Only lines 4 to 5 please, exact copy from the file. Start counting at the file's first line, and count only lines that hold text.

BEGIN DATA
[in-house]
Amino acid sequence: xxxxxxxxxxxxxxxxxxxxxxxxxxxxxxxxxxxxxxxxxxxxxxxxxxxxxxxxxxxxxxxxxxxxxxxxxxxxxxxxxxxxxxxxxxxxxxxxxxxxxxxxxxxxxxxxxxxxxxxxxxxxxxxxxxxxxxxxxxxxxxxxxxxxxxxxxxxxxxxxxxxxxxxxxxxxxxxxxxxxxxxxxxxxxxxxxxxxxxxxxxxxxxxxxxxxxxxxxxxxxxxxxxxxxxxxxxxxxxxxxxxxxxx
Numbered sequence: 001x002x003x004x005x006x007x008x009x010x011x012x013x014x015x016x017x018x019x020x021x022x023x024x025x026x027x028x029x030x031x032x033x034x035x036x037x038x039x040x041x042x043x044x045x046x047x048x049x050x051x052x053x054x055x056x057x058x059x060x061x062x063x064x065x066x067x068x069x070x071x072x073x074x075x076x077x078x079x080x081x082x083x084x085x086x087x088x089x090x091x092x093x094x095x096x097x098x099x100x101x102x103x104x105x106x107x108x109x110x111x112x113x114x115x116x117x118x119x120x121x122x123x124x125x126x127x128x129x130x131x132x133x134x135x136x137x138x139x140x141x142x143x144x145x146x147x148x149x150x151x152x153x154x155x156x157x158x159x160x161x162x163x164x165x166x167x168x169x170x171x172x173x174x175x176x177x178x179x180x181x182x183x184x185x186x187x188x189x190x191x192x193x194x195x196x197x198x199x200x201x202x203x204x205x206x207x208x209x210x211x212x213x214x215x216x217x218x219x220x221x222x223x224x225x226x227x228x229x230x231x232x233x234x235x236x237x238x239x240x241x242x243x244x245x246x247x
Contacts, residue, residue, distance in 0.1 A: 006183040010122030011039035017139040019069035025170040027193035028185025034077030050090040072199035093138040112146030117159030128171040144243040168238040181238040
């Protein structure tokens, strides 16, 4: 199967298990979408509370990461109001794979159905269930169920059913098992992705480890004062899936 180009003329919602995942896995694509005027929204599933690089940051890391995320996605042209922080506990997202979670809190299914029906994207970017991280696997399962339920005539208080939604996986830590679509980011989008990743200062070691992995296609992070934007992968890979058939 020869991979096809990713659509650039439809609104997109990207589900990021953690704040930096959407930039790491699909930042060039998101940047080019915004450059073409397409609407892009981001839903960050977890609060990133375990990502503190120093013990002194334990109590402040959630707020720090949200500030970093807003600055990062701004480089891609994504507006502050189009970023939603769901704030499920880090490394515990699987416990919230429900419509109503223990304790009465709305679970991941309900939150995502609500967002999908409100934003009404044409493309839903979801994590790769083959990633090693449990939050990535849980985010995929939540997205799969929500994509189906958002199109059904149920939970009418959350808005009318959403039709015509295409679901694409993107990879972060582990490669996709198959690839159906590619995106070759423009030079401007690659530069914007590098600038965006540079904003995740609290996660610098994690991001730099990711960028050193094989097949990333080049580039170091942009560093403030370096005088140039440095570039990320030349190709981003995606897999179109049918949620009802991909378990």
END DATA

Contacts, residue, residue, distance in 0.1 A: 006183040010122030011039035017139040019069035025170040027193035028185025034077030050090040072199035093138040112146030117159030128171040144243040168238040181238040
């Protein structure tokens, strides 16, 4: 199967298990979408509370990461109001794979159905269930169920059913098992992705480890004062899936 180009003329919602995942896995694509005027929204599933690089940051890391995320996605042209922080506990997202979670809190299914029906994207970017991280696997399962339920005539208080939604996986830590679509980011989008990743200062070691992995296609992070934007992968890979058939 020869991979096809990713659509650039439809609104997109990207589900990021953690704040930096959407930039790491699909930042060039998101940047080019915004450059073409397409609407892009981001839903960050977890609060990133375990990502503190120093013990002194334990109590402040959630707020720090949200500030970093807003600055990062701004480089891609994504507006502050189009970023939603769901704030499920880090490394515990699987416990919230429900419509109503223990304790009465709305679970991941309900939150995502609500967002999908409100934003009404044409493309839903979801994590790769083959990633090693449990939050990535849980985010995929939540997205799969929500994509189906958002199109059904149920939970009418959350808005009318959403039709015509295409679901694409993107990879972060582990490669996709198959690839159906590619995106070759423009030079401007690659530069914007590098600038965006540079904003995740609290996660610098994690991001730099990711960028050193094989097949990333080049580039170091942009560093403030370096005088140039440095570039990320030349190709981003995606897999179109049918949620009802991909378990």